Abhishek Bansal, executive director of Pacific Development Corp. Ltd, speaks to IndiaRetailing about the specialised nature of the shopping centres business, the importance of increasing trading densities in a mall and challenges mall developers face….
New Delhi: Abhishek Bansal, executive director of Pacific Development Corp. Ltd, is a well-known figure in India’s retail industry with seven of his Pacific-branded malls spreading across Delhi NCR and Dehradun. Pacific has various other malls in the pipeline including a 1.5 million sq. ft. mall in Jaipur, the largest mall in Rajasthan once it is competed in the years to come.
Bansal speaks to IndiaRetailing about the challenges of building newer malls amid rising real estate and construction costs. He talks about the importance of increasing trading densities in a shopping centres and making malls more experiential to attract more footfall and giving compelling reasons for visitors to spend more time in them. Edited excerpts:
How do consumers perceive malls in an era when a lot of shopping happens online?
Malls are great gathering places, where people come for socializing and for entertainment; shopping has now become a byproduct. The common areas in new malls, the social areas that are being developed, and the F&B (food and beverages) that is being developed, these factors further cement the fact that people are coming to malls to spend time and to get that experience; shopping happens in any case.
How many hours consumers would people spend in a mall? Is it different in the pre-pandemic era and now?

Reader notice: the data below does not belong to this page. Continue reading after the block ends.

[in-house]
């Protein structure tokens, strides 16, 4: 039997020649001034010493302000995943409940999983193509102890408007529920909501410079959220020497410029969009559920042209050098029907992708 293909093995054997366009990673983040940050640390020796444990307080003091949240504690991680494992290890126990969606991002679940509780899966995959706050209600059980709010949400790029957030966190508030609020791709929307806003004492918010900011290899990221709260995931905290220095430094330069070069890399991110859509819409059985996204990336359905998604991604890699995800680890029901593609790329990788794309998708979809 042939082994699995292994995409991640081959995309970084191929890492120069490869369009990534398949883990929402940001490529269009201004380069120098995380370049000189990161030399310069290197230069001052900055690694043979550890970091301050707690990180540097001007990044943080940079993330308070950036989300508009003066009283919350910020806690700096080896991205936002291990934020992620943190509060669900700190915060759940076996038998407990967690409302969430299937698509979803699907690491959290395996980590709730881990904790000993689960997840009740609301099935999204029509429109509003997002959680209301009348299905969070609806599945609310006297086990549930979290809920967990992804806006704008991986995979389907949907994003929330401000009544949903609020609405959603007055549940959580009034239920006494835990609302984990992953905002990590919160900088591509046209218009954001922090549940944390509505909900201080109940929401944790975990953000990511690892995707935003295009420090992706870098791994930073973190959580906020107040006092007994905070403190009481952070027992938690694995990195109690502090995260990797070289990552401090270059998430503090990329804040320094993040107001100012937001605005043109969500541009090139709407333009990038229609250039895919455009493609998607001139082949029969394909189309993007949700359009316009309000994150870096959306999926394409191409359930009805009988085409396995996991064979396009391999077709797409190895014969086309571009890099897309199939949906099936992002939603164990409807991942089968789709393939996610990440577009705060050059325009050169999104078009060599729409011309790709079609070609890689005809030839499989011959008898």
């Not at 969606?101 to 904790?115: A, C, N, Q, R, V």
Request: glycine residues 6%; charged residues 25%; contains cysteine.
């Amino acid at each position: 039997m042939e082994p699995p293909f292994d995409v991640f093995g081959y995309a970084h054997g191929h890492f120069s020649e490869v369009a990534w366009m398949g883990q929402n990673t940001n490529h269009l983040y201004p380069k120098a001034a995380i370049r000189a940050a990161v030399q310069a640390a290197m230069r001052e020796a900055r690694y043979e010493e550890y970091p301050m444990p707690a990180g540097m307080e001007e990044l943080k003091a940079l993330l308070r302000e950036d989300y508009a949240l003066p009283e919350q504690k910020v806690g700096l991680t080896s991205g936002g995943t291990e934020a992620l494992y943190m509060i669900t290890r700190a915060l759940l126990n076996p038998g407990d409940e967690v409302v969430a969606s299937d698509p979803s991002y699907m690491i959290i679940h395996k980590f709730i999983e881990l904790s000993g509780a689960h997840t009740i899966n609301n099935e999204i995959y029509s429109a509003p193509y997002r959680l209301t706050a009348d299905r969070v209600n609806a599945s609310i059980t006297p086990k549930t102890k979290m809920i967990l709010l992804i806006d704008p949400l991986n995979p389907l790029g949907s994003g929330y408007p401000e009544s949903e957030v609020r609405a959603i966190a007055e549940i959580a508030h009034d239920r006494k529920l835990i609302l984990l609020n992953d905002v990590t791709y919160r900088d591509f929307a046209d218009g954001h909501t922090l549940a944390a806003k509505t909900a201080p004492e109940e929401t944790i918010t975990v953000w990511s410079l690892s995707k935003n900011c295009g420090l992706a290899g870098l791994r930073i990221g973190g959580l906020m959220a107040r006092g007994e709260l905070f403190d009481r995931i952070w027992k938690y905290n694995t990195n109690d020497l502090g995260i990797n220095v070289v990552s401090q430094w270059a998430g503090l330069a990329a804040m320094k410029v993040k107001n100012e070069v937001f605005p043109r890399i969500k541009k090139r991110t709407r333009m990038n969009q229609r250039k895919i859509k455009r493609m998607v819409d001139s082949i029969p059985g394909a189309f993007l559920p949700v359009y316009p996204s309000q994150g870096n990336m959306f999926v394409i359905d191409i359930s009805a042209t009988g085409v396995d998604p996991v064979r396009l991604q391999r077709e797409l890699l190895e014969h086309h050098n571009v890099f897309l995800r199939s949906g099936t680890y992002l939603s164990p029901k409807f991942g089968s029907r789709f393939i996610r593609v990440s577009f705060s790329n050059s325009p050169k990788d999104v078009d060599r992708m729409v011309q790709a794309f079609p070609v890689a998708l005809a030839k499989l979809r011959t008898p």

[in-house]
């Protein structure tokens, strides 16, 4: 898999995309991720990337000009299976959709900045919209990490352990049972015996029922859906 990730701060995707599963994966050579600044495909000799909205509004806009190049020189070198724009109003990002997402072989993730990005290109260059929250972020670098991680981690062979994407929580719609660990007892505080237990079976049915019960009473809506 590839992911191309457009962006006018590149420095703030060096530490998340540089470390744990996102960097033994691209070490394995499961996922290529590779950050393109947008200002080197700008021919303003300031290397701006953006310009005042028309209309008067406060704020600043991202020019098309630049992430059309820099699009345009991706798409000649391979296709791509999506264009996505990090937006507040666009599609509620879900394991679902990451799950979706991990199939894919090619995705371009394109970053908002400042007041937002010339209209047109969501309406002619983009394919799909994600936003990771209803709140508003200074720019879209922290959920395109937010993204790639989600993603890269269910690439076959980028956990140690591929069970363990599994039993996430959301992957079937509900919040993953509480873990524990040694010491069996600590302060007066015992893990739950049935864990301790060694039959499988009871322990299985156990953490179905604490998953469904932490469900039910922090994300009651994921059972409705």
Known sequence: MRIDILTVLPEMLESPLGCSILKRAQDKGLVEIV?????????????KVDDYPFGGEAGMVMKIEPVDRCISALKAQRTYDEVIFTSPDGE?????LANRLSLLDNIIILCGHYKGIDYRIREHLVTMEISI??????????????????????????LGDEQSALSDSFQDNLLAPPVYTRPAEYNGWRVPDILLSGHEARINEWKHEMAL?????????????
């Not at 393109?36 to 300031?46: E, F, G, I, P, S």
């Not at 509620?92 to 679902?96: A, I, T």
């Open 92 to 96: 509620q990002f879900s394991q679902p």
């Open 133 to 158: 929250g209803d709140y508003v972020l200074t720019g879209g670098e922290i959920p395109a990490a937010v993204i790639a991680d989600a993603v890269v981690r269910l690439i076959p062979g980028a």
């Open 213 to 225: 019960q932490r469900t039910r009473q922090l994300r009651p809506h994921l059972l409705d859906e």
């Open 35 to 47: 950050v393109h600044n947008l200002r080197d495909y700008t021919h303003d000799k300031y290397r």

It used to be around three hours and I don’t think that number has changed between then and now. Of course, some people stay for longer, some for a lesser time. But an average of three hours still holds true.
Perhaps the activity they used to do pre-Covid and now has changed. Like pre-Covid, they may be spending more time shopping, now they’re spending more time in the entertainment zone or in restaurants, in a club, a bar or a lounge. Along with that, they do the shopping.
So, what does it mean for the new malls you are building?
What this means for new malls is a relook at various categories that have started performing better after Covid and we try and focus on those categories.
For example, we see athleisure doing very well. So, we are now expanding our footprint there. We see food doing very well. So, our food courts are becoming larger, we have more number of restaurants and lounges. Some five years ago, we used to earmark about 10% of our total area to food and beverages. Now it is touching 20 to 25%.